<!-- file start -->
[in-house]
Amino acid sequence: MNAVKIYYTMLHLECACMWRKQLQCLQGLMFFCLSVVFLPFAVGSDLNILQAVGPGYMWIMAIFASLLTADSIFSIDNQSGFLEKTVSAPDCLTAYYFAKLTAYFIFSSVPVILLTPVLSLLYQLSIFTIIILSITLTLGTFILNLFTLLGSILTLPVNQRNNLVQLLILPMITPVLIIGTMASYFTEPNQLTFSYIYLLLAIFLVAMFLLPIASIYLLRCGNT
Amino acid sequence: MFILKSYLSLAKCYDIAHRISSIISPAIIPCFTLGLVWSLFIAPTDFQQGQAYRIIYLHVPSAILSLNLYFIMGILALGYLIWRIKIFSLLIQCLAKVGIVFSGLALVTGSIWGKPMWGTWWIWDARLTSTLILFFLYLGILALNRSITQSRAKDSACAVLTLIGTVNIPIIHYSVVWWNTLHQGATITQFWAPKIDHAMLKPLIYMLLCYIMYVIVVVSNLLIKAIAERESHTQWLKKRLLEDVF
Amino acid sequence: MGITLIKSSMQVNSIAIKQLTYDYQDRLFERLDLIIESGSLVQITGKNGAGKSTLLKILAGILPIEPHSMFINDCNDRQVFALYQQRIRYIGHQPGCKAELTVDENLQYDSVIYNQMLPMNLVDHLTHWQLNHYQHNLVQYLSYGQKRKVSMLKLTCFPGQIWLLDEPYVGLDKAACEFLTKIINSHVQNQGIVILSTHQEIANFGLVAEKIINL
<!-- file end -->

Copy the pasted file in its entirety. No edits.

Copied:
[in-house]
Amino acid sequence: MNAVKIYYTMLHLECACMWRKQLQCLQGLMFFCLSVVFLPFAVGSDLNILQAVGPGYMWIMAIFASLLTADSIFSIDNQSGFLEKTVSAPDCLTAYYFAKLTAYFIFSSVPVILLTPVLSLLYQLSIFTIIILSITLTLGTFILNLFTLLGSILTLPVNQRNNLVQLLILPMITPVLIIGTMASYFTEPNQLTFSYIYLLLAIFLVAMFLLPIASIYLLRCGNT
Amino acid sequence: MFILKSYLSLAKCYDIAHRISSIISPAIIPCFTLGLVWSLFIAPTDFQQGQAYRIIYLHVPSAILSLNLYFIMGILALGYLIWRIKIFSLLIQCLAKVGIVFSGLALVTGSIWGKPMWGTWWIWDARLTSTLILFFLYLGILALNRSITQSRAKDSACAVLTLIGTVNIPIIHYSVVWWNTLHQGATITQFWAPKIDHAMLKPLIYMLLCYIMYVIVVVSNLLIKAIAERESHTQWLKKRLLEDVF
Amino acid sequence: MGITLIKSSMQVNSIAIKQLTYDYQDRLFERLDLIIESGSLVQITGKNGAGKSTLLKILAGILPIEPHSMFINDCNDRQVFALYQQRIRYIGHQPGCKAELTVDENLQYDSVIYNQMLPMNLVDHLTHWQLNHYQHNLVQYLSYGQKRKVSMLKLTCFPGQIWLLDEPYVGLDKAACEFLTKIINSHVQNQGIVILSTHQEIANFGLVAEKIINL